Weeping hit and run driver apologises to victim’s family as she is cleared of death by careless driving but fined £500 after running over brass band stalwart, 77, while having hands-free phone chat
-Anna Edwards ran over Brian Croxon while he lay in the road after he fell over
-Claims to have thought the pensioner was a pile of rubbish dumped in street
-She returned to the scene because she ‘had to know’ if she had hit a person
-Fined £500 for failing to stop or report accident as others attended to Brian
Anna Edwards, 25, hit Brian Croxon, 77, who had slipped on cobbles and fell onto the road while speaking to her boyfriend. The car in front of her swerved out of the way but Edwards did not see Mr Croxon in time and hit him outside Royton Brass Band club in Oldham, Greater Manchester.
She had been on the phone to her boyfriend at the time and returned to the scene where other drivers were helping the dying man, but continued driving. After her arrest Edwards claimed she thought she had hit a pile of rubbish.
Initially she was charged with causing death by careless driving because she was distracted by her phone, however she admitted to failing to stop or report an accident and was cleared of the first charge. She was given eight penalty points and ordered to pay a fine and costs.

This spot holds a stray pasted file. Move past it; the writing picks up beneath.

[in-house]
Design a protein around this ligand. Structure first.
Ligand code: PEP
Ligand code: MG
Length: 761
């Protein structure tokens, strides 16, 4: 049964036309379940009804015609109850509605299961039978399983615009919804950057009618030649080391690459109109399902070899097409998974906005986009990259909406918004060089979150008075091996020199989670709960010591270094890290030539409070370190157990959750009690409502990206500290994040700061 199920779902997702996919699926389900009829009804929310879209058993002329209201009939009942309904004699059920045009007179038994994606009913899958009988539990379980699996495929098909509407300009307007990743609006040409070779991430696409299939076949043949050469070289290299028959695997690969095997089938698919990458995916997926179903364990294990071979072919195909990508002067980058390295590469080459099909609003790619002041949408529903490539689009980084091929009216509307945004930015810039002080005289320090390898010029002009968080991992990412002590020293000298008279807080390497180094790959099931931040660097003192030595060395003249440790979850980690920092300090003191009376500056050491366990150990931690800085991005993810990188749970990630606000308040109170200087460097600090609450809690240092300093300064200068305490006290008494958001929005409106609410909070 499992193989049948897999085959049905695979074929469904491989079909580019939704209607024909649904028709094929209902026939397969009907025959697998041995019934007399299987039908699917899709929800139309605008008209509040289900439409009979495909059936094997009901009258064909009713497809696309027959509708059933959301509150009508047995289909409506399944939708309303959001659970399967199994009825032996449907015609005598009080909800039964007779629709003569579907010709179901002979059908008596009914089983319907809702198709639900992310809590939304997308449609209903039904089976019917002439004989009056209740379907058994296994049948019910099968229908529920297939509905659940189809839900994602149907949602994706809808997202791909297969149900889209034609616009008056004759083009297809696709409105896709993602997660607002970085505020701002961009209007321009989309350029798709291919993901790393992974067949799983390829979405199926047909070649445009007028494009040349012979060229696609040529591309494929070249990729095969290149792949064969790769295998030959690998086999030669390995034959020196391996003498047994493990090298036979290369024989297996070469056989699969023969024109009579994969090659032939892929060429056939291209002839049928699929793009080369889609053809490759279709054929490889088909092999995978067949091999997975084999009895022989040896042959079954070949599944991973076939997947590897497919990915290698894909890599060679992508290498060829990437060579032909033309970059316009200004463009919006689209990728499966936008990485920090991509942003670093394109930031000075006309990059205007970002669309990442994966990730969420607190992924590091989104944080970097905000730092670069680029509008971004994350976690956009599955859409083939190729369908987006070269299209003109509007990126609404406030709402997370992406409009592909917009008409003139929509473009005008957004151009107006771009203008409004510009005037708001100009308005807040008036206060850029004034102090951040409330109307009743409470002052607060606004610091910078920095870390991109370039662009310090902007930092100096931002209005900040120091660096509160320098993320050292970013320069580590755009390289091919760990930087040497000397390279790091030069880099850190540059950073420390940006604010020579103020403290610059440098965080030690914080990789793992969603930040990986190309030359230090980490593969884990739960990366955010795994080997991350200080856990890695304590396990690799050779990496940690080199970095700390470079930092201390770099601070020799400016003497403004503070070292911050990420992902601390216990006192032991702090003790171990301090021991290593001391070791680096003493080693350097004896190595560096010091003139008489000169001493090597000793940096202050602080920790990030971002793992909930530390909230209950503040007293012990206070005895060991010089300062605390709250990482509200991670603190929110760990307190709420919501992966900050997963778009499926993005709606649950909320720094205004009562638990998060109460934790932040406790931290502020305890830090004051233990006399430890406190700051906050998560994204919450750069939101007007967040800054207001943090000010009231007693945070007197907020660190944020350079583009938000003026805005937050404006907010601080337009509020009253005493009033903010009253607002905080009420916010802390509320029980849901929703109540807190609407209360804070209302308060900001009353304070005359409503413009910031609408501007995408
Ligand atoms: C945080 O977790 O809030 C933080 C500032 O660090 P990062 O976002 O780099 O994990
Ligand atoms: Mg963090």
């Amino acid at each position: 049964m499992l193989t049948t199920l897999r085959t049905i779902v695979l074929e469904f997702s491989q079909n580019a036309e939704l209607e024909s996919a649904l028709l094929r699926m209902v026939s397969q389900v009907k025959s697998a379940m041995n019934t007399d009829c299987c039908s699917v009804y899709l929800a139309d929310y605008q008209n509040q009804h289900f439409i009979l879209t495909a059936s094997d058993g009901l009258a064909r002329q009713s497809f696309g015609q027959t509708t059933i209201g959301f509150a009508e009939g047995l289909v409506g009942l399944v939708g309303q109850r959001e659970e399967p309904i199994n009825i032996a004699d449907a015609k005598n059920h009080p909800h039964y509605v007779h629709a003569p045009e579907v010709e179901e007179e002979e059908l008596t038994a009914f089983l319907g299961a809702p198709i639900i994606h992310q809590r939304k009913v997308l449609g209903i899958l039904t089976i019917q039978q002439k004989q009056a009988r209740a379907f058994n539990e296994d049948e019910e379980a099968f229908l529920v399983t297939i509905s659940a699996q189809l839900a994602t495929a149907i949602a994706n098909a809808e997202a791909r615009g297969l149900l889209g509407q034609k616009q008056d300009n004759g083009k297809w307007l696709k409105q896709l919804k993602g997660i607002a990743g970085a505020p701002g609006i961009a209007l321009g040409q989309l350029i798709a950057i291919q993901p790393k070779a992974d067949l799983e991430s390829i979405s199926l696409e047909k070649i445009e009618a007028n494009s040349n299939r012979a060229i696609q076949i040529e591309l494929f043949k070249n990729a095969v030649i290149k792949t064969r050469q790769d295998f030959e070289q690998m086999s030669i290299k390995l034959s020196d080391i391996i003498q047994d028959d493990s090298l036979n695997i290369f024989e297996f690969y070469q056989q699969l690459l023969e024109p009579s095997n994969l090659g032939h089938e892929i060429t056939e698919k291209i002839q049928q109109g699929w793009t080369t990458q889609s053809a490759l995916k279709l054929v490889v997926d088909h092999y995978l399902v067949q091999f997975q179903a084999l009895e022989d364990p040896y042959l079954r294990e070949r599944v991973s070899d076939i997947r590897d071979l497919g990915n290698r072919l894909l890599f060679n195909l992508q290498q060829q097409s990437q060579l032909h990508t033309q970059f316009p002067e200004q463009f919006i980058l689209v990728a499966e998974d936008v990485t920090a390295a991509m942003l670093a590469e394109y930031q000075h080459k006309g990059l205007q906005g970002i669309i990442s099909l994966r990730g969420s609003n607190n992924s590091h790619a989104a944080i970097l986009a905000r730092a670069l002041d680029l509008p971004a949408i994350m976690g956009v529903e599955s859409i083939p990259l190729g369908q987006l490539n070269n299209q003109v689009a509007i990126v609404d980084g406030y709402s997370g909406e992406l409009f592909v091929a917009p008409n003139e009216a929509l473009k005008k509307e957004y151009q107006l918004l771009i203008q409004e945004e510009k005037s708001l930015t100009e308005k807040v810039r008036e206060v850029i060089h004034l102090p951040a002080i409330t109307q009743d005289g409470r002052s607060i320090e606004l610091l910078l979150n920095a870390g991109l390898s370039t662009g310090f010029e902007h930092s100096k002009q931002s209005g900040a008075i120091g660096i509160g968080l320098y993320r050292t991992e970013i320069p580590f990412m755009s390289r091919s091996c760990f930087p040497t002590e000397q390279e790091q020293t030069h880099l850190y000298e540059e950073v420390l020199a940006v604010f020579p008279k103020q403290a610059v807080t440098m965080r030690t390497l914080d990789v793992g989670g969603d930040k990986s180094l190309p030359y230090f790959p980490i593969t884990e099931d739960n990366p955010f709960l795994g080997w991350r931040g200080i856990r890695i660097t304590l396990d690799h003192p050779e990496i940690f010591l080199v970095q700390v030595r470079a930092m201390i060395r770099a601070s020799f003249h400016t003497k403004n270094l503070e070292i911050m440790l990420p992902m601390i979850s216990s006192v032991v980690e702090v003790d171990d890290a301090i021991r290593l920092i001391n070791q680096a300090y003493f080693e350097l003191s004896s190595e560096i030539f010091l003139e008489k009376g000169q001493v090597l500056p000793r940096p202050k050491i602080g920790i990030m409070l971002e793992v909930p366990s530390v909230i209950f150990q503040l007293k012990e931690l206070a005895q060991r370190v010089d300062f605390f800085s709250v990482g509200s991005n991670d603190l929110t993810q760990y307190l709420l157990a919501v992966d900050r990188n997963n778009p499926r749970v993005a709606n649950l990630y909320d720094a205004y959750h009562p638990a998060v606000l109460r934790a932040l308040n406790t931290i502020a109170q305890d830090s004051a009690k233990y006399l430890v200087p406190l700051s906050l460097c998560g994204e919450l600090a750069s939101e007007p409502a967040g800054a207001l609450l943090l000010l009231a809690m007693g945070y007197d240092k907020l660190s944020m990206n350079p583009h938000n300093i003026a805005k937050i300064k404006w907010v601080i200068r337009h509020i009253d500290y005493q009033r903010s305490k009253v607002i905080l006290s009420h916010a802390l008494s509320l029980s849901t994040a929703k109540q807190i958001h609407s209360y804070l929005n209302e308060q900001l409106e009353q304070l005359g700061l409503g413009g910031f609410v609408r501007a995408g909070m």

Minshull Crown Court heard that she was on the phone for four minutes and 20 seconds to her boyfriend at around 11pm on December 8.
The BUPA assistant wept as she was fined £500 on Friday for failing to stop or report an accident at Minshull Street Crown Court in Manchester.
As the verdict was returned by the jury after three hours deliberation Edwards turned round and said “sorry” to Mr Croxon’s family, who were sat in the public gallery, but they ignored her. The family left court without comment.
Sentencing, Judge Bernadette Baxter told Edwards: “I understand this has been an extremely stressful time for you and you are genuinely remorseful for not having stopped and reporting the accident.
“I hope you understand just how dangerous that behaviour was.”
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